At Davis Advisors, we seek to purchase durable businesses at value prices and to hold them for the long term. The Davis family, its foundation, our company, and our employees have more than $2 billion invested alongside clients in similarly managed portfolios—a testament to our commitment to, and alignment with, shareholders.2
We are grateful for your confidence and trust, and we look forward to continuing our investment journey together.
The performance of mutual funds is included in the Composite. The performance of the mutual funds and other Davis managed accounts may be materially different. For example, the Davis New York Venture Fund may be significantly larger than another Davis managed account and may be managed with a view toward different client needs and considerations. The differences that may affect investment performance include, but are not limited to: the timing of cash deposits and withdrawals, the possibility that Davis Advisors may not buy or sell a given security on behalf of all clients pursuing similar strategies, the price and timing differences when buying or selling securities, the size of the account, the differences in expenses and other fees, and the clients pursuing similar investment strategies but imposing different investment restrictions. This is not a solicitation to invest in the Davis New York Venture Fund or any other fund.
Davis Advisors is committed to communicating with our investment partners as candidly as possible because we believe our clients benefit from understanding our investment philosophy and approach. Our views and opinions include “forward-looking statements” which may or may not be accurate over the long term. Forward-looking statements can be identified by words like “believe,” “expect,” “anticipate,” or similar expressions. You should not place undue reliance on forward-looking statements, which are current as of the date of this report. We disclaim any obligation to update or alter any forward-looking statements, whether as a result of new information, future events, or otherwise. While we believe we have a reasonable basis for our appraisals and we have confidence in our opinions, actual results may differ materially from those we anticipate.
Returns from inception (4/1/69) through 12/31/01, were calculated from the Davis Large Cap Value Composite (see description below). Returns from 1/1/02, through the date of this report were calculated from the Large Cap Value (SMA) Composite.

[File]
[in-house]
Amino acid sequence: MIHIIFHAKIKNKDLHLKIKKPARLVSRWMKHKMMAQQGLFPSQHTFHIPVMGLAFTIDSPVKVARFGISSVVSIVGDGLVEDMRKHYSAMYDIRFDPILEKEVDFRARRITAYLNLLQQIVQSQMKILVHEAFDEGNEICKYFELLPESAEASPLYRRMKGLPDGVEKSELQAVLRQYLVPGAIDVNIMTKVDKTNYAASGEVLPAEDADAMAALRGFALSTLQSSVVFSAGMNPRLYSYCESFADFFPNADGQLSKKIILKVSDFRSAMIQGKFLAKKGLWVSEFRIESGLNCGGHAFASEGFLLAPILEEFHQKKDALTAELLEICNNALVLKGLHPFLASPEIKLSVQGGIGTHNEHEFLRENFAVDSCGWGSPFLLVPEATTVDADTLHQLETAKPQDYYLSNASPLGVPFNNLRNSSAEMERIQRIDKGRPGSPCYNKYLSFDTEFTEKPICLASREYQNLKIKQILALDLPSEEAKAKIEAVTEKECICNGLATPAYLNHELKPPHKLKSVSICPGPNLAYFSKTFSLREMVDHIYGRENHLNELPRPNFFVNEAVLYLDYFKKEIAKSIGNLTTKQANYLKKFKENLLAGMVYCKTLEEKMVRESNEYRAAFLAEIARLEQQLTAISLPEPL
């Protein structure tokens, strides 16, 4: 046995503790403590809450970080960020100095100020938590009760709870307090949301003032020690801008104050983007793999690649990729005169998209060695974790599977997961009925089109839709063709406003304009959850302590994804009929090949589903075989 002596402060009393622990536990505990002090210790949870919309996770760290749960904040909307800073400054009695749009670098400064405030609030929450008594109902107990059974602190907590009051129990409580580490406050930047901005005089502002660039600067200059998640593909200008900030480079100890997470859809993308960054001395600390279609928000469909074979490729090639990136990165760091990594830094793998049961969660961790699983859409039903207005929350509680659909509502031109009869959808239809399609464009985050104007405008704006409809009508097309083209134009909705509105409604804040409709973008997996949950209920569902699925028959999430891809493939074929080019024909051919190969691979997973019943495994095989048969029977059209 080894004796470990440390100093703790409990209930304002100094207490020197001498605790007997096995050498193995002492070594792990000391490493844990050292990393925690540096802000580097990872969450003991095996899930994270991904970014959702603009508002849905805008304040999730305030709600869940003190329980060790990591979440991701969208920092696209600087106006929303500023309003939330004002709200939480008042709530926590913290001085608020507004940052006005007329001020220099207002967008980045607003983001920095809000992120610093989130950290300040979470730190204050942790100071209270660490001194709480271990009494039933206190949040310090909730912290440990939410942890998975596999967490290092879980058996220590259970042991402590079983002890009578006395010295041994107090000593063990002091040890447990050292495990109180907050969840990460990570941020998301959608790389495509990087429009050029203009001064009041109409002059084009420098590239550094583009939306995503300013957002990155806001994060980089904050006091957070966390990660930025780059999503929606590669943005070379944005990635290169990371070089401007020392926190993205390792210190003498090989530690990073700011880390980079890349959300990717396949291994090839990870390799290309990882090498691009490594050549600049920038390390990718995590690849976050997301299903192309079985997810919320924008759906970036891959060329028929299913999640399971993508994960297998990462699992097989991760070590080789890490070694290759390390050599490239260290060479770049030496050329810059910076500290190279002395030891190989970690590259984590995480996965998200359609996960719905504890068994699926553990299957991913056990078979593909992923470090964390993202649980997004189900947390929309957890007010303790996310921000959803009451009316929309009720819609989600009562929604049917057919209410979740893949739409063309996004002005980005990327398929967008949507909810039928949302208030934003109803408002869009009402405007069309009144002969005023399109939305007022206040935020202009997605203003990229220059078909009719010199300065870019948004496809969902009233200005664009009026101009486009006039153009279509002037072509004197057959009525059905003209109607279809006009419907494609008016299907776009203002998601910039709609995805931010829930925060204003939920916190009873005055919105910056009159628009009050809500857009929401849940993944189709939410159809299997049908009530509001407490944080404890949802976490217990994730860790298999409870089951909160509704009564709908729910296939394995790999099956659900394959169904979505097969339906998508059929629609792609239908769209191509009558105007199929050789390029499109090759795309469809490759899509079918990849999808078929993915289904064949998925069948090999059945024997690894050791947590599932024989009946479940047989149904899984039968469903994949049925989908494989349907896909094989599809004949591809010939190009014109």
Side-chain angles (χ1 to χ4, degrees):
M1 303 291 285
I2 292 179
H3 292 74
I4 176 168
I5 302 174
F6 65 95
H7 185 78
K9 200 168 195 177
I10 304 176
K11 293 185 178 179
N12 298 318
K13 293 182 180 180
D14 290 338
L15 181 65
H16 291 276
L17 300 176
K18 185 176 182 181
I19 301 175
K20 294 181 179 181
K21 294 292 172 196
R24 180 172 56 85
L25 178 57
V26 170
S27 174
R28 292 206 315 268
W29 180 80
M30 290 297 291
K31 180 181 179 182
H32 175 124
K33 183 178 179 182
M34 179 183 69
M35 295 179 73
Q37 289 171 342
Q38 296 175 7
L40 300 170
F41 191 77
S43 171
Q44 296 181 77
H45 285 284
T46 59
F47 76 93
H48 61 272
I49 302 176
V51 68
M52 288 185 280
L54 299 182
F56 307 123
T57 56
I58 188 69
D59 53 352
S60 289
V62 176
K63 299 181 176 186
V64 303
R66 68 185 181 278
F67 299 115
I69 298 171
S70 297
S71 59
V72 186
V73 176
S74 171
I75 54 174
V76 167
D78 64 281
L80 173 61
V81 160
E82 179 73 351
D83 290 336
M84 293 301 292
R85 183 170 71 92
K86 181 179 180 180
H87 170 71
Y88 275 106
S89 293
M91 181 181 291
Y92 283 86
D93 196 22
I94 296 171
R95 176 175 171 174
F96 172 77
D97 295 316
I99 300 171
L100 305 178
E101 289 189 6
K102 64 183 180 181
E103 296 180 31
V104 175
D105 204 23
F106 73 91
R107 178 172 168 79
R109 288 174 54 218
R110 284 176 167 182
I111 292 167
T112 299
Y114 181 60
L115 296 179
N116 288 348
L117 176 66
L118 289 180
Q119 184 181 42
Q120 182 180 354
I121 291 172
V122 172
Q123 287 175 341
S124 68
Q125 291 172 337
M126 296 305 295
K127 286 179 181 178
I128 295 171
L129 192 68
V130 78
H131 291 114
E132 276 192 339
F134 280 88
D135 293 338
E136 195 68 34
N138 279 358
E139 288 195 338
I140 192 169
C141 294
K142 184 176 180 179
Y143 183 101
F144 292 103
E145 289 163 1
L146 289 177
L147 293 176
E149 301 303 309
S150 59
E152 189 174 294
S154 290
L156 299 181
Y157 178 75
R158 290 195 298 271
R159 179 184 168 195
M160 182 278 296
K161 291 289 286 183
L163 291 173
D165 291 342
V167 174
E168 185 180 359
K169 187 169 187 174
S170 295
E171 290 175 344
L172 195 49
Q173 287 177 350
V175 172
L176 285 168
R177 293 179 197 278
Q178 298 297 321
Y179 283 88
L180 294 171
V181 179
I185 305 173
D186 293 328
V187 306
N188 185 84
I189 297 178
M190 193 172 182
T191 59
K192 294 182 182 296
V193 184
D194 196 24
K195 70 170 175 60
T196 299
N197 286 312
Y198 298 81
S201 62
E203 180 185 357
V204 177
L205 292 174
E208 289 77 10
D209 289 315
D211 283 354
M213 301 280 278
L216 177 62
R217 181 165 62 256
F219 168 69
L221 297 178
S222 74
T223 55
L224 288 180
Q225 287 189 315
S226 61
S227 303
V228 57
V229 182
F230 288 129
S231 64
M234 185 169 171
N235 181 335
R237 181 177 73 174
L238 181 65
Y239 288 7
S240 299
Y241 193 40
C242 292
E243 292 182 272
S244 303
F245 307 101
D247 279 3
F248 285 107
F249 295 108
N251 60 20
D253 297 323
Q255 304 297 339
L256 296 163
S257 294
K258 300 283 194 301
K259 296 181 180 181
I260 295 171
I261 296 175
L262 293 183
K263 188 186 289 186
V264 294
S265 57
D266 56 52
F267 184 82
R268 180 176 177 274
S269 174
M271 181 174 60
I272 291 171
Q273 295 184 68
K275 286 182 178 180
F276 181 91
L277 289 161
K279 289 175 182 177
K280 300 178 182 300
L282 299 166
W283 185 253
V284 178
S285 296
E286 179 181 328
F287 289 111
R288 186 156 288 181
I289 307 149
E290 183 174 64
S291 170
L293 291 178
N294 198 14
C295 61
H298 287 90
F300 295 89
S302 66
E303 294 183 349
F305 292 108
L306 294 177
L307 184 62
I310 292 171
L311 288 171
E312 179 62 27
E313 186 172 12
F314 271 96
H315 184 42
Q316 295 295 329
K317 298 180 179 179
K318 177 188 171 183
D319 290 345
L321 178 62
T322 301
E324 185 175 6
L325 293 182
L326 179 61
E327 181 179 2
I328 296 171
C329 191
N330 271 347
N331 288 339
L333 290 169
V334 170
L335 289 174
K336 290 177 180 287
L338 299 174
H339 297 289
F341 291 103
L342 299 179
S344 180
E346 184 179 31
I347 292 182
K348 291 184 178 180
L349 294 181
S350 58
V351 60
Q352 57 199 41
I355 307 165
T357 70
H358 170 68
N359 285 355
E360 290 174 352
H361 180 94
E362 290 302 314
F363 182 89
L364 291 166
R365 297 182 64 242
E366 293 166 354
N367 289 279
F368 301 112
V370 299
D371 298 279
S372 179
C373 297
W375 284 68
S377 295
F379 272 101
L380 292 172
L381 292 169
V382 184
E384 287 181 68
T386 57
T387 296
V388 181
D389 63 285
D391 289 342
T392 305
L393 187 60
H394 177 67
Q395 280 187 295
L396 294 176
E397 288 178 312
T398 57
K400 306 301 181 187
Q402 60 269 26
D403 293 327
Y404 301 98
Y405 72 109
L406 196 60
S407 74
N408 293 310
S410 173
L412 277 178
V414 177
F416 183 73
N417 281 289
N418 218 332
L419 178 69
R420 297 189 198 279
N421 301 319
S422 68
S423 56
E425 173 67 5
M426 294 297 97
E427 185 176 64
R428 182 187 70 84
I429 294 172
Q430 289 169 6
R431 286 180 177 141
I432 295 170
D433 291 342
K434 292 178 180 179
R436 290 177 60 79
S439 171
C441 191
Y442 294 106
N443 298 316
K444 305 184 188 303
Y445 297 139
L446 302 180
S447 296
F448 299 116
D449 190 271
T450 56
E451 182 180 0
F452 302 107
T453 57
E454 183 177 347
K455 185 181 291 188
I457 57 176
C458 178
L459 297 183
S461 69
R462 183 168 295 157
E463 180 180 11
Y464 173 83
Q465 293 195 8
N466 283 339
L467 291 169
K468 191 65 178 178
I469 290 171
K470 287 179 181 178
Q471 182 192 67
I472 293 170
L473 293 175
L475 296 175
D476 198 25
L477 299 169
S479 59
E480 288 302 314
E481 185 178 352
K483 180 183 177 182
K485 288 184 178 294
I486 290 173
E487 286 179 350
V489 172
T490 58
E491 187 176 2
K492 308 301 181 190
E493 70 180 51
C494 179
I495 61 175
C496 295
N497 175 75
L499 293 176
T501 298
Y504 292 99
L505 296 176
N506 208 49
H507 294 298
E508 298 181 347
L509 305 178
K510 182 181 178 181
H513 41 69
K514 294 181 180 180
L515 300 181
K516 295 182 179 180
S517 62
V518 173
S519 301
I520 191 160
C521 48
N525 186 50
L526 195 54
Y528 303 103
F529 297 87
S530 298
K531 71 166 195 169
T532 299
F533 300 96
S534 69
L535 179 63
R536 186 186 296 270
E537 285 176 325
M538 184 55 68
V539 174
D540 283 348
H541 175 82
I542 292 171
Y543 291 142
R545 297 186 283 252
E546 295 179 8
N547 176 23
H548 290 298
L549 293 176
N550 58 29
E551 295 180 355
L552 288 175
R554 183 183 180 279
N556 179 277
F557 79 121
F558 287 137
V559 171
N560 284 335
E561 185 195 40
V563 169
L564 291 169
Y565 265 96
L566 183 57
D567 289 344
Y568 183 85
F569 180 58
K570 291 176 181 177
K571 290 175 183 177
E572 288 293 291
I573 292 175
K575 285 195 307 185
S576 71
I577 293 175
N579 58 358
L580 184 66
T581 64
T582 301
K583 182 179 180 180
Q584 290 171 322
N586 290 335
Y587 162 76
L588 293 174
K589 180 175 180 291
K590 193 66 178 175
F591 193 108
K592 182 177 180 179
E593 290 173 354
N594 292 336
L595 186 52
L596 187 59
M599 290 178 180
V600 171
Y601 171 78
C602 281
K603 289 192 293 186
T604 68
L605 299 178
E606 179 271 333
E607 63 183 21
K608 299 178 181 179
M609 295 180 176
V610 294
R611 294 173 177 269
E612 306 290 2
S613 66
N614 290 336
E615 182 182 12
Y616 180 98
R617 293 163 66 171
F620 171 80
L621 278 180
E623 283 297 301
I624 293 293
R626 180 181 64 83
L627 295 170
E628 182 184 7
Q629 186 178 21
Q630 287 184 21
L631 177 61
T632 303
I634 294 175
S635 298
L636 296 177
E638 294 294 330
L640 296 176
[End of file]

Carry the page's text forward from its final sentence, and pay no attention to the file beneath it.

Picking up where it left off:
Davis Advisors’ Large Cap Value Composite includes all actual, fee-paying, discretionary Large Cap Value investing style institutional accounts, mutual funds, and wrap accounts under management including those accounts no longer managed. Effective 1/1/98, a minimum account size of $3,500,000 was established. Accounts below this minimum are deemed not to be representative of the Composite’s intended strategy and as such are not included in the Composite. A time-weighted internal rate of return formula is used to calculate performance for the accounts included in the Composite.
Davis Advisors’ Large Cap Value (SMA) Composite excludes institutional accounts and mutual funds. Performance shown from 1/1/02, through 12/31/10, includes all eligible wrap accounts with a minimum account size of $3,500,000 from inception date for the first full month of account management and includes closed accounts through the last day of the month prior to the account’s closing. For the performance shown from 1/1/11, through the date of this report, the Davis Advisors’ Large Cap Value SMA Composite includes all eligible wrap accounts with no account minimum from inception date for the first full month of account management and includes closed accounts through the last day of the month prior to the account’s closing. The net of fees rate of return formula used by the wrap-fee style accounts is calculated based on a hypothetical 3% maximum wrap fee charged by the wrap account sponsor for all account service, including advisory fees for the period 1/1/06, and thereafter. For the gross performance results, custodian fees and advisory fees are treated as cash withdrawals. A list of Davis Advisors’ Composites is available upon request.